A Simple Guide to Golf Scoring Terminology
Category : Golf News
Golf follows a different scoring system in comparison to popular sports like football, rugby and basketball which can be confusing for many beginners to grasp. After all, you ideally want to finish a game with a low score rather than a high score because this means that you took fewer strokes at each hole. Here at Inswing Indoor Golf, our simulators are designed to provide an immersive experience for golfers of all ages and experience levels, which means that being able to understand the scoring lingo can be critical to your play.
Explaining ‘Par’: Each hole on a golf course has a pre-determined number of strokes that are deemed ‘standard’ and this is known as ‘par’. It is a score that golfers will aim to match or outperform during a game. In a similar fashion, there is also ‘course par’ to contend with which is the number of strokes associated with the entire game itself over all 9 or 18 holes. In 1925, the Golf Unions Joint Advisory Committee of the British Isles was put together in order to assign Standard Scratch Scores (SSS) to courses across the country.
Birdie: A golfer obtains a birdie when they complete a hole with one fewer stroke than what is deemed standard, such as using 4 strokes on a par-5 hole or 3 strokes on a par-4 hole and so on. It is a shot often referred to as ‘one under par’ and is marked down as –1 on the scorecard.
Eagle: The names of golfing scores seem to follow a bird theme as completing a hole with two fewer strokes than par is called an eagle. In a similar fashion, it is referred to by golfers as ‘two under par’ who will write –2 on their scorecard. An example of an eagle is when a golfer uses just 3 strokes on a par-5 hole.
Albatross (or Double Eagle): Using three strokes less than what is deemed standard for a hole is a score in golf known as either an albatross or a double eagle. A golfer who manages to obtain this feat will refer to it as ‘three under par’ and either used 2 strokes on a par-5 hole or just 1 stroke on a par-4 hole for example. It is denoted by –3 on the scoresheet.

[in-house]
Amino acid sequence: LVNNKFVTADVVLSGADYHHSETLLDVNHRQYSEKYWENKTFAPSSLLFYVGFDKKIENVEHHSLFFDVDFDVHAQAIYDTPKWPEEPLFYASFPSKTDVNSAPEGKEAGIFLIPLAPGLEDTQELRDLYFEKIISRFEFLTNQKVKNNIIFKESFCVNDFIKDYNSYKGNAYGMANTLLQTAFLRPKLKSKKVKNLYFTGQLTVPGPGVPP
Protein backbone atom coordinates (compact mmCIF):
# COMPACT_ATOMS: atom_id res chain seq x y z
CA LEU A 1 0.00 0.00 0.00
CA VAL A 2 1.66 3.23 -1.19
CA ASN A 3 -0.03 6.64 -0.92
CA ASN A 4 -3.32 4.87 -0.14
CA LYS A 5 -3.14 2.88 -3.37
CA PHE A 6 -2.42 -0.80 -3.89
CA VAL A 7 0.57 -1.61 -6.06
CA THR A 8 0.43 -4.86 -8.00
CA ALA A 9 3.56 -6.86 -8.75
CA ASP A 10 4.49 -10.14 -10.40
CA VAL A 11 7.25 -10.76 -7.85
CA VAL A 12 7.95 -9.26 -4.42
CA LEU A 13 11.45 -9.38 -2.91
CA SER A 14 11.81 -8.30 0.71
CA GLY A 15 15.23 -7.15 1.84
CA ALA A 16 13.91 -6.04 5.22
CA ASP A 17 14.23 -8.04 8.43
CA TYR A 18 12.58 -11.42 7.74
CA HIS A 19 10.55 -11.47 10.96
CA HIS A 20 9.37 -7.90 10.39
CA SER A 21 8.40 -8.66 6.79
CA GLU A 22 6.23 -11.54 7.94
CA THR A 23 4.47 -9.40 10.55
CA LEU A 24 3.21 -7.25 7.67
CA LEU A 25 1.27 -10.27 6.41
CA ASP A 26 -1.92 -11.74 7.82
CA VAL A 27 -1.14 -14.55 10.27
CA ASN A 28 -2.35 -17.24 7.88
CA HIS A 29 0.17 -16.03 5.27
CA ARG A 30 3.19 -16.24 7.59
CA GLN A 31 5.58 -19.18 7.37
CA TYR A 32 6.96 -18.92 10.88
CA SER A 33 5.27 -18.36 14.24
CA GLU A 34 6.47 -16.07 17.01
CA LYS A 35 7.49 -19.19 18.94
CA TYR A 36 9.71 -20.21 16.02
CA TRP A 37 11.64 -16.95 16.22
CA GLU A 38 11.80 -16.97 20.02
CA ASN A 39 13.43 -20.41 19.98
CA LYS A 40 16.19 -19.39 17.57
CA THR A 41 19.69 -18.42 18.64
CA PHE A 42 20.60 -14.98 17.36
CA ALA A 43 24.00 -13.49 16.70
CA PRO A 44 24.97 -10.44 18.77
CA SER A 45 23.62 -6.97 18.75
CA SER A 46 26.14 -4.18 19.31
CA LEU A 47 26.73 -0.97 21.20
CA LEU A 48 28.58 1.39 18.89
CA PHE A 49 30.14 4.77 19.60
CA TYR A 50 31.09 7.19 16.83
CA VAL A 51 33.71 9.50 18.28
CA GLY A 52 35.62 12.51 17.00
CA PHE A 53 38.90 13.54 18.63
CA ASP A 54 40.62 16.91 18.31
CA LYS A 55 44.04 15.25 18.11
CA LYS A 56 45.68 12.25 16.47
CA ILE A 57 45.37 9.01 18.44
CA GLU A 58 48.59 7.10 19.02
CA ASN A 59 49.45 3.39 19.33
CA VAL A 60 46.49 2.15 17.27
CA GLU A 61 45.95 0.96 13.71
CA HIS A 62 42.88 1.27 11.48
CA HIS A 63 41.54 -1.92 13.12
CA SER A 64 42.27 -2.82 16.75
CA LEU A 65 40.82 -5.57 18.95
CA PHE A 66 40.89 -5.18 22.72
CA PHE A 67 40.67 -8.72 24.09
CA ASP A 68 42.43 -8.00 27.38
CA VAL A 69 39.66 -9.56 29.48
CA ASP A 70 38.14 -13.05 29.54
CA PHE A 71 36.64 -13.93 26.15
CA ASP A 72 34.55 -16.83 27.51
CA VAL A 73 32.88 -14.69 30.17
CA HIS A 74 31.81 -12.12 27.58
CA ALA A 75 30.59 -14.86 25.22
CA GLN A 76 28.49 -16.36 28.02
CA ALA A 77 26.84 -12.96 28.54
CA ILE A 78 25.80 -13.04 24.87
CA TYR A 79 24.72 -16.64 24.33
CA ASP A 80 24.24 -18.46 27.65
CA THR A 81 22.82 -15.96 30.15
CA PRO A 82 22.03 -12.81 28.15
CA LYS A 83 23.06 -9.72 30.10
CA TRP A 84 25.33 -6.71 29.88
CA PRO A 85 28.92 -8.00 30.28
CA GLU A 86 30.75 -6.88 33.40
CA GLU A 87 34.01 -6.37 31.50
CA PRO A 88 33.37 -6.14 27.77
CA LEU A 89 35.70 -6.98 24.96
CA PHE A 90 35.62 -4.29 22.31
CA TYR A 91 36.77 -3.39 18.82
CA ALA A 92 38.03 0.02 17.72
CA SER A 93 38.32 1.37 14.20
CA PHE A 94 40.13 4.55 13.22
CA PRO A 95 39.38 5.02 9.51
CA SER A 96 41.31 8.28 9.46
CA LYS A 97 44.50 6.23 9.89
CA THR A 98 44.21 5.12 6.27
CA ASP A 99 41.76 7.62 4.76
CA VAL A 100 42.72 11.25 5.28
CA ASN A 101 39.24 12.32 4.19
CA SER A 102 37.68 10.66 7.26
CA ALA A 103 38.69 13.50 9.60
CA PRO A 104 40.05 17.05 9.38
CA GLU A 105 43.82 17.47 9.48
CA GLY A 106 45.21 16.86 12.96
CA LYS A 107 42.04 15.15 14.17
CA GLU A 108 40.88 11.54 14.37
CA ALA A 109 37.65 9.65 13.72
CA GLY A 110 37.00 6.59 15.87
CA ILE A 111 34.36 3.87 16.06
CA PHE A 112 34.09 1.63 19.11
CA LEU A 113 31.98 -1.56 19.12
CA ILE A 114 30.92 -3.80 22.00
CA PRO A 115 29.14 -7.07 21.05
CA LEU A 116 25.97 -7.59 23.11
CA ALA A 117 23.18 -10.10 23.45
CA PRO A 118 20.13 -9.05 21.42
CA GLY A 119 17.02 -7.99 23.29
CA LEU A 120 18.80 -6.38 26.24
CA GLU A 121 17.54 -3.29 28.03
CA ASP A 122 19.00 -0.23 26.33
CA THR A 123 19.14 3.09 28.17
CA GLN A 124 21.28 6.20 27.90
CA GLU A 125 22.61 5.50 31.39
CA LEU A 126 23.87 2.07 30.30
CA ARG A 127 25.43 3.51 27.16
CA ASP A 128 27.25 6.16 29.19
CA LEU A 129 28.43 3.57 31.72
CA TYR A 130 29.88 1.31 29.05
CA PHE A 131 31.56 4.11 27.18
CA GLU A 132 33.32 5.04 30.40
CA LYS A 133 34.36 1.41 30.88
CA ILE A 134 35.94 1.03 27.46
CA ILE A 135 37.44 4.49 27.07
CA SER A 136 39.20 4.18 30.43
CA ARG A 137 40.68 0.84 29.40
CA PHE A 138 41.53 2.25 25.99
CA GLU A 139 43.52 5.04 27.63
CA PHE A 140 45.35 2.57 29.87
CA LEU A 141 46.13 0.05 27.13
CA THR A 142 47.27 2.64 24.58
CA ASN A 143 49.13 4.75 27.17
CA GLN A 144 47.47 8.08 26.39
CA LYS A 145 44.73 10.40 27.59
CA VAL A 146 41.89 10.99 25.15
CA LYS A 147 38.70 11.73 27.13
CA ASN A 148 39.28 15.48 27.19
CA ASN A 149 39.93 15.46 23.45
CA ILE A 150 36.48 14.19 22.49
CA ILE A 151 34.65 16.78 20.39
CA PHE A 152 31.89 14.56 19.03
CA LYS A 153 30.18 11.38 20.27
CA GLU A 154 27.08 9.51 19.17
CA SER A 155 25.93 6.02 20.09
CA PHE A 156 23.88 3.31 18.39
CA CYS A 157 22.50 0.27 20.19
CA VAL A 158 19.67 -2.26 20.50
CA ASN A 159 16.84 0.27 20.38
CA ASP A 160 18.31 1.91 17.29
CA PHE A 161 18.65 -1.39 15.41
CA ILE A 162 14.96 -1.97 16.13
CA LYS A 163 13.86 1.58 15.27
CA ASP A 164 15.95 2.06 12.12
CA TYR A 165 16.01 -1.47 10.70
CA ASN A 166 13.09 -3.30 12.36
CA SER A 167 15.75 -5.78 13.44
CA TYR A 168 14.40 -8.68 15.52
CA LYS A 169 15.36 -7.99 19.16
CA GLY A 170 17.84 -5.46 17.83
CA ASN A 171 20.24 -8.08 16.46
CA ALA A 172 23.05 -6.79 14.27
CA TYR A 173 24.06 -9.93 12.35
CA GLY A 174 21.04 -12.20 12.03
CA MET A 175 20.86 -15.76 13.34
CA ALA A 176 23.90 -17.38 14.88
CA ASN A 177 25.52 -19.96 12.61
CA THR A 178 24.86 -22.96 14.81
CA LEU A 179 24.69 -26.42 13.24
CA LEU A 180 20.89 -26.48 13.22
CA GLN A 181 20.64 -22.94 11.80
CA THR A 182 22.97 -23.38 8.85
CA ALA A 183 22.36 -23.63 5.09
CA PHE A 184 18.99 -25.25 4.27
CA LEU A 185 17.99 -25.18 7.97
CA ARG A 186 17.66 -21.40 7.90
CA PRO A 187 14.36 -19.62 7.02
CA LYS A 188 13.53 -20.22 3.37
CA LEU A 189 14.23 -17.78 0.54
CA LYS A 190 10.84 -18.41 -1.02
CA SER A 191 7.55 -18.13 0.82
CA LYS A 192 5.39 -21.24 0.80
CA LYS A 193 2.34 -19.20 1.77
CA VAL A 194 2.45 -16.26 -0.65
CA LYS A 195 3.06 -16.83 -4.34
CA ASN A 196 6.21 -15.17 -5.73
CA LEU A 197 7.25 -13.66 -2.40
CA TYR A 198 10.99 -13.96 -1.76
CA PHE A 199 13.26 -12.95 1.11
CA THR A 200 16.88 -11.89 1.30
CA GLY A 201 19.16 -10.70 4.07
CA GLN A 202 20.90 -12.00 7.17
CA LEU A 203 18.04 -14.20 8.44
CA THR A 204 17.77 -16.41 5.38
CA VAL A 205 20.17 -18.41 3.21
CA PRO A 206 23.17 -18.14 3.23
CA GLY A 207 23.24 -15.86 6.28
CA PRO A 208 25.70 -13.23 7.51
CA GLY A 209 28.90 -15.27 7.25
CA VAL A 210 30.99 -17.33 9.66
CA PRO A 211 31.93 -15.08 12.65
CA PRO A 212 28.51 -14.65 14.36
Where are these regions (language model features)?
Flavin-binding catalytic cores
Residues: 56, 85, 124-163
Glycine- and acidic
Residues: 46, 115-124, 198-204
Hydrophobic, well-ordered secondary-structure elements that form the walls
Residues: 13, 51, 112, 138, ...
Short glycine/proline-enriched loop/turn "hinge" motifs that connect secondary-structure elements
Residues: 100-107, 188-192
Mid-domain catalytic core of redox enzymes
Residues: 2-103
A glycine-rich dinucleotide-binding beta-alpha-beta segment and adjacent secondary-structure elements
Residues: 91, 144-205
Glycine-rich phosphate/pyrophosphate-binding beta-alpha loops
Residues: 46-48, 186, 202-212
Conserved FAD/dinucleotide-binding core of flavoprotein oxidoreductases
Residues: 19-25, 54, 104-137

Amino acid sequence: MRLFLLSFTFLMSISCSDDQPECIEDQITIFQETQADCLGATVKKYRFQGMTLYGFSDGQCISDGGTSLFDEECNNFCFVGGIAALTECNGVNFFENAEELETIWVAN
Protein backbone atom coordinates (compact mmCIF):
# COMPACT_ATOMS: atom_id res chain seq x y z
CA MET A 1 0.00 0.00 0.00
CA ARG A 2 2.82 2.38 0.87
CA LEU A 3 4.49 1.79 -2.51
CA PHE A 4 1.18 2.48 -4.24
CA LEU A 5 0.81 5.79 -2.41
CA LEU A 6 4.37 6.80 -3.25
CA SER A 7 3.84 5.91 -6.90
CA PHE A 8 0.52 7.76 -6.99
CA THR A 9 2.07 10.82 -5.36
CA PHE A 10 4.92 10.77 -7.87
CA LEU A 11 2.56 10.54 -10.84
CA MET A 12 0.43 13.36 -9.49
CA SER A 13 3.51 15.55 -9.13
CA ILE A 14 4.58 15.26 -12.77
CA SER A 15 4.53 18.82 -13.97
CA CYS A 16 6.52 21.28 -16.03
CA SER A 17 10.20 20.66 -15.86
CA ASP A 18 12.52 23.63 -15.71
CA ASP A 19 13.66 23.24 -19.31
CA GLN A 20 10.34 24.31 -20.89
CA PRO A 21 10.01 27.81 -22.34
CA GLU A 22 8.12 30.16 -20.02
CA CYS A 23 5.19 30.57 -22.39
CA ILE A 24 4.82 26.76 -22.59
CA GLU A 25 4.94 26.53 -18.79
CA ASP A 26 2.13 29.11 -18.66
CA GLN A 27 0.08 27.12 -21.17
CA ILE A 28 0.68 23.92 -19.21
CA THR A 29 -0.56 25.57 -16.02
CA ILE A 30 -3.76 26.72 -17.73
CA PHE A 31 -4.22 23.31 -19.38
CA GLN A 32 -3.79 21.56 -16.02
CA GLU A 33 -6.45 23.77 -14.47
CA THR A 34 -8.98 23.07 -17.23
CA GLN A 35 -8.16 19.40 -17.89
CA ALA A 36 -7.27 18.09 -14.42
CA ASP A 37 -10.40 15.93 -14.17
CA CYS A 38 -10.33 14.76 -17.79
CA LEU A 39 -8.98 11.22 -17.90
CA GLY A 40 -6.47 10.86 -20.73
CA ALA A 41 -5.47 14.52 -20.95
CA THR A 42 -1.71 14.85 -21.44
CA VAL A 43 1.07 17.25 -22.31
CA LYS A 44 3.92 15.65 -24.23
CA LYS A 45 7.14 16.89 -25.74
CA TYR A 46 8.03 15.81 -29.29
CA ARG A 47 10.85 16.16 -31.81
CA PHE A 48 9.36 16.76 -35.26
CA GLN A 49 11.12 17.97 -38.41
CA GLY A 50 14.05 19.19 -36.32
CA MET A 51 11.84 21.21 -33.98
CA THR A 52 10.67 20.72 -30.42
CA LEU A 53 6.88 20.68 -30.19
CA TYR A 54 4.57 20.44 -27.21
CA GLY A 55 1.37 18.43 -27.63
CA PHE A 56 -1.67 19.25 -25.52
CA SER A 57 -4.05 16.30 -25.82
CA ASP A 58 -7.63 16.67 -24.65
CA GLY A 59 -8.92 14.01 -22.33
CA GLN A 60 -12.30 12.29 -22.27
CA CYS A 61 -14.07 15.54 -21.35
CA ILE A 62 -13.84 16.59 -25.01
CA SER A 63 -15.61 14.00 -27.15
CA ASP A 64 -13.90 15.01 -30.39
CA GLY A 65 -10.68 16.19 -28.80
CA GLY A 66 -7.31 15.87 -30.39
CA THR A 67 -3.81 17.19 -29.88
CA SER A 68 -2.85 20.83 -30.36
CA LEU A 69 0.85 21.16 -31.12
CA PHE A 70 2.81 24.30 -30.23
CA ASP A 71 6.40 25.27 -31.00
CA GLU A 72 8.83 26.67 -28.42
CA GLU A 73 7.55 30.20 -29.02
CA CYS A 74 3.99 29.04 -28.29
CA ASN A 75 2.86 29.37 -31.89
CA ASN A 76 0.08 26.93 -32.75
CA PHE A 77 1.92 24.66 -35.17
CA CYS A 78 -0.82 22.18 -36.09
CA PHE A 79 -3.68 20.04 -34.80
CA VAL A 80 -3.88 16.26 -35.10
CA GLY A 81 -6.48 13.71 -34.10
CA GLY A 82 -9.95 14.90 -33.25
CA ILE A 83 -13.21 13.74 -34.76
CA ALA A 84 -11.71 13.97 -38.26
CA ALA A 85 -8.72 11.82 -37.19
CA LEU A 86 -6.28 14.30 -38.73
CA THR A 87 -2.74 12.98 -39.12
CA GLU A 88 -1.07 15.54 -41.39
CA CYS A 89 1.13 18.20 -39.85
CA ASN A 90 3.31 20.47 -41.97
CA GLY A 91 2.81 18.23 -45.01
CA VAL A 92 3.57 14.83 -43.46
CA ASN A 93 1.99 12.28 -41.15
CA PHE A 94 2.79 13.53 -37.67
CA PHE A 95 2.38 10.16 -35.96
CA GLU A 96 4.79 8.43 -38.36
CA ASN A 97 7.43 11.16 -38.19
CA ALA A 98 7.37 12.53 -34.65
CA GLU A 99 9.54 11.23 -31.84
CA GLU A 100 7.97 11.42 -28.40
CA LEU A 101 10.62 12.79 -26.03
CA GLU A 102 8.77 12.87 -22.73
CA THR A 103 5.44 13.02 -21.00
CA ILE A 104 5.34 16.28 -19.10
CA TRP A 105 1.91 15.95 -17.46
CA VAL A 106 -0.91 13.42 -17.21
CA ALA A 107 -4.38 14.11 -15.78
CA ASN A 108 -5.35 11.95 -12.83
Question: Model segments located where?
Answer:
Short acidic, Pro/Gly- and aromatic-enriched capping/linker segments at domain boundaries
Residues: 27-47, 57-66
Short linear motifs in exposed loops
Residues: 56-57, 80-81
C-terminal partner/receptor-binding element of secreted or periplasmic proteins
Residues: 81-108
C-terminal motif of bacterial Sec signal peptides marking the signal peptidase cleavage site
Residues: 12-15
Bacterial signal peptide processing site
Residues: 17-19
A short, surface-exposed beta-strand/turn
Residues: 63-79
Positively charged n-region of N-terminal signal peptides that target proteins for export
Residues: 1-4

Condor: Another bird-related score in golf is a condor and is theoretically achieved when a golfer uses 4 fewer strokes than par on any given hole. A score that is ‘four under par’ is incredibly difficult to obtain because the player would have to get a hole-in-one on a par-5 hole, meaning that most golfers who claims that they have made a condor could be telling a white lie or two. Nonetheless, it is typically marked down as –4 on the scoresheet.
Bogey: It is also possible for a golfer to take more strokes than deemed standard for a hole, and using one more is known as a bogey and referred to as being ‘one over par’. It is usually seen when the player uses 6 strokes on a par-5 hole or 5 strokes on a par-4 hole, for instance, and can be noted on the scoresheet as +1.
Double Bogey: In a rather self-explanatory fashion, a double bogey is referred to as being ‘two over par’ because the golfer uses two additional strokes than what is deemed standard for a hole. This score is noted down as +2 on the scoresheet. Rather than using different terminology, golfers will actually build upon the bogey score by referring to ‘three over par’ as a triple bogey and ‘four over par’ as a quadruple bogey, and so on.
Ace (or Hole-in-One): Achieving an ace in golf is an incredible feat, however the scoring terms themselves can actually intertwine at this point. Also known as a hole-in-one, this score is obtained when a golfer manages to get the ball into the hole in just one stroke from the teeing grounds, however this would also be known as an eagle on a par-3 hole. Traditionally, another golfer has to witness an ace for it to be considered valid.
There is a rich history surrounding the sport of golf and how it became the popular pastime it is today, and it is the spoils of 21st century technology that has allowed it to continue on this upwards progression. A simulator experience allows you to reap the full benefits of playing golf, perfecting your technique and fully grasping the lingo that every amateur golfer should know without the pesky problem of unpredictable British weather getting in the way. For all your indoor golf Manchester needs, get in contact with a member of the Inswing Indoor Golf team today.